Top 2 Breathing Techniques for COPD

A couple of older women having a cup of coffee together on the couchLike bronchiectasis, living with COPD causes you to experience breathing difficulties, especially during the colder months of the year. According to the COPD Foundation, there are two effective breathing techniques for COPD: pursed-lip breathing and diaphragmatic “abdominal” breathing. Both breathing exercises require practice, relaxation, and concentration to help you create a healthy flow of oxygen that travels through your lungs and airways.1

When we experience shortness of breath, it’s easy to feel anxious and tense, which may keep air trapped in your airways; therefore, it’s helpful to understand these COPD breathing exercises to practice at home or on the go. 

It’s recommended that you consult your clinician prior to performing any new breathing techniques for COPD or for another chronic lung condition. 

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Pursed lip breathing

What is Pursed-Lip Breathing?

When you’re experiencing shortness of breath, tightness of chest, wheezing, or other common COPD symptoms, pursed lip breathing allows you to regain control of your breathing by slowing down its pace and helping you make each new breath more controlled and effective.2 

How to Perform Pursed Lip Breathing

To begin the pursed lip breathing technique, the COPD Foundation recommends the following steps3:

  1. Begin by breathing in through your nose for a count of 2 seconds.
  2. Pucker your lips as if you’re about to blow out a candle. 
  3. Slowly breathe out through your pursed lips for 2 seconds.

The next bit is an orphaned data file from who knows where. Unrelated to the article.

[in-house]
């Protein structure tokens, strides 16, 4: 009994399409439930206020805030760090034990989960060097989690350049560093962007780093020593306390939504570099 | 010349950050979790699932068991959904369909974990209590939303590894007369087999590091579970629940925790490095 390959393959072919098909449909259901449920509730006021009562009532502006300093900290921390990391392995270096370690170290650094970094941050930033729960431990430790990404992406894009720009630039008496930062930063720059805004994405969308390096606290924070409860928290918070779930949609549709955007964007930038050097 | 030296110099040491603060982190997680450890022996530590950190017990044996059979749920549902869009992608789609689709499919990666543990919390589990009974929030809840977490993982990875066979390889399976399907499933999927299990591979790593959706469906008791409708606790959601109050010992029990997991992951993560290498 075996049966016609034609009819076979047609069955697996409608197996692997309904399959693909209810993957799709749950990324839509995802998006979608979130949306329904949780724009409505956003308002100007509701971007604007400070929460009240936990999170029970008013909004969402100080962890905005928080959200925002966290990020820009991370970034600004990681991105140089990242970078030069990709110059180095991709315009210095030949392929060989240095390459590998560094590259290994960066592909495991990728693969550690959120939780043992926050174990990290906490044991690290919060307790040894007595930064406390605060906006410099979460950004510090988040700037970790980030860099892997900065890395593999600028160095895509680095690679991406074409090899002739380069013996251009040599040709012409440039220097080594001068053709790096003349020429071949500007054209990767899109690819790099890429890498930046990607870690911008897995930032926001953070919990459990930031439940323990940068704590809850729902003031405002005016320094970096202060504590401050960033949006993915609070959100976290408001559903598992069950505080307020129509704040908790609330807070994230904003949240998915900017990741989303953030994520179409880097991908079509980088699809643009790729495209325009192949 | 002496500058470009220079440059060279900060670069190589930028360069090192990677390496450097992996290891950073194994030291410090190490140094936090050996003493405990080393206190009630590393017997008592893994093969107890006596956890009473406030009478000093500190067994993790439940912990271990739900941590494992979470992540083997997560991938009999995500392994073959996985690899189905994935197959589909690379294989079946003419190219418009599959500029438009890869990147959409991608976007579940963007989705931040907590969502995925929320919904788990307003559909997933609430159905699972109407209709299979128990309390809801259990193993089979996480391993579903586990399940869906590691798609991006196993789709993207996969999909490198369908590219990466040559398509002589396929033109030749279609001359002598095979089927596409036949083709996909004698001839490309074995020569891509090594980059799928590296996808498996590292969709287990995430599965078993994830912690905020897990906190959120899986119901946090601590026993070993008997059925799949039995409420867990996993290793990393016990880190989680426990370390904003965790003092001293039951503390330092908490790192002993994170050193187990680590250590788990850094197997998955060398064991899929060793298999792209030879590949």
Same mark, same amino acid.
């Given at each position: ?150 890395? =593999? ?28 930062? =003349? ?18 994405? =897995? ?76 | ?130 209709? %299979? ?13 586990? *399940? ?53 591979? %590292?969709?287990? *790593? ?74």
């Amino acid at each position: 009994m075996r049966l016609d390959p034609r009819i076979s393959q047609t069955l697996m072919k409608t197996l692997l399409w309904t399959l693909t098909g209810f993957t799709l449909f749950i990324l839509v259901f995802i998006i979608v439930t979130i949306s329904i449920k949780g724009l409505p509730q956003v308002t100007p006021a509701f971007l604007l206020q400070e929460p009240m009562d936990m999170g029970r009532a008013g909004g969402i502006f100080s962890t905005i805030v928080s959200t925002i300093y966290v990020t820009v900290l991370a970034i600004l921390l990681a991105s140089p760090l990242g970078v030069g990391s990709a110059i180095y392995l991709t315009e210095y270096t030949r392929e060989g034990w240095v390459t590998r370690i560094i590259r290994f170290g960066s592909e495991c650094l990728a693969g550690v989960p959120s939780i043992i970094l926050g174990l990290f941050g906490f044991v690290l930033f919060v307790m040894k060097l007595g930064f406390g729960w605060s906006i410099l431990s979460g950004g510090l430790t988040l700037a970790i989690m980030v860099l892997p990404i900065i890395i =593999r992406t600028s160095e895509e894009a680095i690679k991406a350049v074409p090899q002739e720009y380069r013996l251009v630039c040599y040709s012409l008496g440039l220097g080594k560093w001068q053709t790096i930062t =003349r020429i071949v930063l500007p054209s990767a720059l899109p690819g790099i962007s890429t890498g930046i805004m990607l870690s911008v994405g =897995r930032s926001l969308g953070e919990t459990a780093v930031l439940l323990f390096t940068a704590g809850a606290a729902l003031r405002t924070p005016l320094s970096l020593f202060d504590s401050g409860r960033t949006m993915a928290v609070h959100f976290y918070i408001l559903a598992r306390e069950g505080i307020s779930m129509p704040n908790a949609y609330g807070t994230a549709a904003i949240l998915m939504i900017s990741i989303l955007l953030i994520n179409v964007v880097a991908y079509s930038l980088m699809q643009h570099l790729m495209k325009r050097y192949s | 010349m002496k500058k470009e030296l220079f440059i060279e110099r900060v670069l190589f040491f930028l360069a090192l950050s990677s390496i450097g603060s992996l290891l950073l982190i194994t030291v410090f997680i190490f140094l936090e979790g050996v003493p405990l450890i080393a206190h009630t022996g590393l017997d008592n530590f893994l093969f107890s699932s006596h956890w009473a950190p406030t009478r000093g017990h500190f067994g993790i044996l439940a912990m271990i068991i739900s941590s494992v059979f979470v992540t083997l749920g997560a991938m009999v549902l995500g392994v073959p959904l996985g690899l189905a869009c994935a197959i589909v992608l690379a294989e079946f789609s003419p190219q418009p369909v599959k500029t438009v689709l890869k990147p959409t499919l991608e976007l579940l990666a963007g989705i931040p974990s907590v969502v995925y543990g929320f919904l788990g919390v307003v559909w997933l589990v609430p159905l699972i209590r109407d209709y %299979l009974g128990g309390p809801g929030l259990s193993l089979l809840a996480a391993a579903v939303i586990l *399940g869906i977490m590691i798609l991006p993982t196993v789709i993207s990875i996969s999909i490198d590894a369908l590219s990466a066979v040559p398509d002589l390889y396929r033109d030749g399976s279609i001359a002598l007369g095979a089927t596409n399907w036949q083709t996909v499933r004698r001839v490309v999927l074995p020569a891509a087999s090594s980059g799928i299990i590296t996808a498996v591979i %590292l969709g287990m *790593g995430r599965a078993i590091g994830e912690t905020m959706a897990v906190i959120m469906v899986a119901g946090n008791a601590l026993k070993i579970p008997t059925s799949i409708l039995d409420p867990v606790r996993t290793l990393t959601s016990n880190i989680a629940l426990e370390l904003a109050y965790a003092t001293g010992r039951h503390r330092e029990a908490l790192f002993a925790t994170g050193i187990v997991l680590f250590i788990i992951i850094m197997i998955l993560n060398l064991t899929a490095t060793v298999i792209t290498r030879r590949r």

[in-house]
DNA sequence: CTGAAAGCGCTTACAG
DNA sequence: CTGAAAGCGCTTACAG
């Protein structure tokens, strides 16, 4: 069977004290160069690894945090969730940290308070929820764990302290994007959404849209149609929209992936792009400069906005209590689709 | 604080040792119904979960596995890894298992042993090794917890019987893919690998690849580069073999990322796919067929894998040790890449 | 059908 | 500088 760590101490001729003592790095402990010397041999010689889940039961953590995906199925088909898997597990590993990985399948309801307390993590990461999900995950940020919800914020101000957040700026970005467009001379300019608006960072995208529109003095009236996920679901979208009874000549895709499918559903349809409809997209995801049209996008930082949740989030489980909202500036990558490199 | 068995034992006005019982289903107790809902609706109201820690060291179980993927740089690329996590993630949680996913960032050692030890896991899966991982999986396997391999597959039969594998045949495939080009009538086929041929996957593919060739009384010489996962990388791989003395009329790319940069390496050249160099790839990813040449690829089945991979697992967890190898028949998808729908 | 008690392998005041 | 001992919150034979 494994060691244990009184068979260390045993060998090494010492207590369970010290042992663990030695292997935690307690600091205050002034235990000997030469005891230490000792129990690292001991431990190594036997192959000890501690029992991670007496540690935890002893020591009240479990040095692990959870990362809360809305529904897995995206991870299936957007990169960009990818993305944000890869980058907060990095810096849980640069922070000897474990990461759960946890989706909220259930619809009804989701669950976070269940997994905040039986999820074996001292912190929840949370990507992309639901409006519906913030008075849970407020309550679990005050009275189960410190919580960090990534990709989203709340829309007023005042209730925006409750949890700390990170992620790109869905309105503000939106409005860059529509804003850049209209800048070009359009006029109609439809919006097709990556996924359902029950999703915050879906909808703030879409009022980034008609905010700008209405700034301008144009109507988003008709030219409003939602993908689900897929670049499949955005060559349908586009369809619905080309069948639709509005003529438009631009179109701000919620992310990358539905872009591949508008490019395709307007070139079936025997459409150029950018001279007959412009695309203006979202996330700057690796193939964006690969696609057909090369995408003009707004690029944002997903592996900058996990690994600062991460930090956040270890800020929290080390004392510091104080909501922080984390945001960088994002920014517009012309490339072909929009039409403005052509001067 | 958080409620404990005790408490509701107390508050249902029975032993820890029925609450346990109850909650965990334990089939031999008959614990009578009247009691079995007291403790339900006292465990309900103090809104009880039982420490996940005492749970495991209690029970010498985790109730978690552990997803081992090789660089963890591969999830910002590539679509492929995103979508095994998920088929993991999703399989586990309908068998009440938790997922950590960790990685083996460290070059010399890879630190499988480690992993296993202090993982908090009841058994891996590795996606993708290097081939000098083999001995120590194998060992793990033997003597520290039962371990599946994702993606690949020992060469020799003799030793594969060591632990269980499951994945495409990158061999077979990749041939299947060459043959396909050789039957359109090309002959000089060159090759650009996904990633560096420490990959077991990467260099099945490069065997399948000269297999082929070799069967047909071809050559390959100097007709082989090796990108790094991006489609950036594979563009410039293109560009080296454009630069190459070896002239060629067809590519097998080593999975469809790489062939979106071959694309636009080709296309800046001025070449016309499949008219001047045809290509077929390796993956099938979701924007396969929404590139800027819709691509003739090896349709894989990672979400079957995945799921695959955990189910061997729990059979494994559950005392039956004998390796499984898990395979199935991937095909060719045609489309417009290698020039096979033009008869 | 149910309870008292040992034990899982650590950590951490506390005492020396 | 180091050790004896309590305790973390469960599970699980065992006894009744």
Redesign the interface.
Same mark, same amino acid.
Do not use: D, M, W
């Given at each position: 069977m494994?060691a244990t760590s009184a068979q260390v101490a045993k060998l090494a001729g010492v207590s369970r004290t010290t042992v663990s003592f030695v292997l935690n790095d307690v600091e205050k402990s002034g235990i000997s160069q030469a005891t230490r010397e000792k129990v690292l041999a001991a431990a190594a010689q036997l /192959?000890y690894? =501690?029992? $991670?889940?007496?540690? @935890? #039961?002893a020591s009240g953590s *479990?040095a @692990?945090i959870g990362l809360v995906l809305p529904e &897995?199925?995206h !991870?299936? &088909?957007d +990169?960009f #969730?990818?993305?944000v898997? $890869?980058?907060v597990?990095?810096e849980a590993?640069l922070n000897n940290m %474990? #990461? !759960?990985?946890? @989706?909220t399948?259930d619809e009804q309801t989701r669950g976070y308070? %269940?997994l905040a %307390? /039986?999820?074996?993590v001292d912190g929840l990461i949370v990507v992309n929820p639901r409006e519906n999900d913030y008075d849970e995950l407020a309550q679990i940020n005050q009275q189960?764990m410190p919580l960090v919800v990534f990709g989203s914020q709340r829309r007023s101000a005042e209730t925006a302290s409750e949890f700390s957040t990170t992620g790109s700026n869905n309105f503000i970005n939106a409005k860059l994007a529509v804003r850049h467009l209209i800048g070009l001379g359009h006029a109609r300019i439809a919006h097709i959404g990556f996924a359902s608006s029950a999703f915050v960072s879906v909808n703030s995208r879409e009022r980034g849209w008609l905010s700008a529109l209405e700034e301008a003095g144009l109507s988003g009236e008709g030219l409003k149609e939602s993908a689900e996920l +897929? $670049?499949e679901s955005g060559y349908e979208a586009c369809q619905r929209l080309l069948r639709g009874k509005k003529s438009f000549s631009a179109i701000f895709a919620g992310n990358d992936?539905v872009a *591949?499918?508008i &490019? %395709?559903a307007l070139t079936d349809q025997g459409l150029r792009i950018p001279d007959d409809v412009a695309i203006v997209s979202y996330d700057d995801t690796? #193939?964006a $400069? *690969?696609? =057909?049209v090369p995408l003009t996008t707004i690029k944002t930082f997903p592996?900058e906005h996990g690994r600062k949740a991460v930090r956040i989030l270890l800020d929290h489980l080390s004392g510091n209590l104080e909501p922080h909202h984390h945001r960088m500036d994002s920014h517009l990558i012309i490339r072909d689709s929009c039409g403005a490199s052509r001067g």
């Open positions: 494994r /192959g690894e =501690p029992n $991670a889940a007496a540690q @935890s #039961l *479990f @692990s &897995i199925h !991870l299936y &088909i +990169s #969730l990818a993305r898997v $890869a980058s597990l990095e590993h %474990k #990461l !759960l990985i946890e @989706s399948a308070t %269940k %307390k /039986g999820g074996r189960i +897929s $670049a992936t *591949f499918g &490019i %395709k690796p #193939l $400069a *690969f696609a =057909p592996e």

4. Repeat this process again until you’re able to slow your breathing down and release any trapped air inside your airways. 


Diaphragmatic Breathing

What is Diaphragmatic “Abdominal” Breathing?

A second breathing technique for COPD is abdominal breathing. This exercise, though considered more challenging than pursed lip breathing, is used to help retrain your diaphragm to perform most of the breathing work for you. 

How to Perform Abdominal Breathing?

According to the COPD Foundation, you’ll want to perform the following steps lying down and feeling relaxed4:

  1. While lying down, place one hand on your abdomen and the other hand on your upper chest.
  2. As you breathe in through your nose, focus on your abdomen area. Your stomach should rise when you inhale air.
  3. When you’re ready to breathe out, release the air through pursed lips (see pursed lip breathing steps). As you do so, your abdomen should fall back in the starting position. 
  4. Repeat at least 2-3 times a day for up to 10 minutes. Once you’ve mastered this breathing exercise for COPD, try performing the same technique while sitting in a chair or while standing up. 


Pairing COPD Breathing Exercises with Airway Clearance

Are you experiencing recurring shortness of breath or a worsening of other COPD symptoms that are keeping you from living a healthy, active lifestyle? You may be experiencing an overlap of bronchiectasis and COPD and effective airway clearance therapy may be the best solution to help relieve your chronic symptoms and get you back to feeling your best! 

High frequency chest wall oscillation (HFCWO) therapy via the SmartVest Airway Clearance System actively works to thin, loosen, and propel mucus from the lungs to the major airways, where it can be easily coughed out, preventing the build up of mucus and spread of respiratory infection. If you’d like to learn more about the benefits of SmartVest, request an informational packet today! Or if you think you might have an overlap of COPD and bronchiectasis symptoms, watch our “Ask a Pulmonologist” video series, featuring Dr. Frederic Seifer, to learn how to talk to your doctor and request a HRCT scan for an accurate diagnosis. 

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  1.  COPD Foundation. “Breathing Exercises and Techniques for COPD.” Retrieved from
  2.  American Lung Association. “Pursed Lip Breathing.” Retrieved from
  3.  COPD Foundation. “Breathing Exercises and Techniques for COPD.” Retrieved from
  4.  COPD Foundation. “Breathing Exercises and Techniques for COPD.” Retrieved from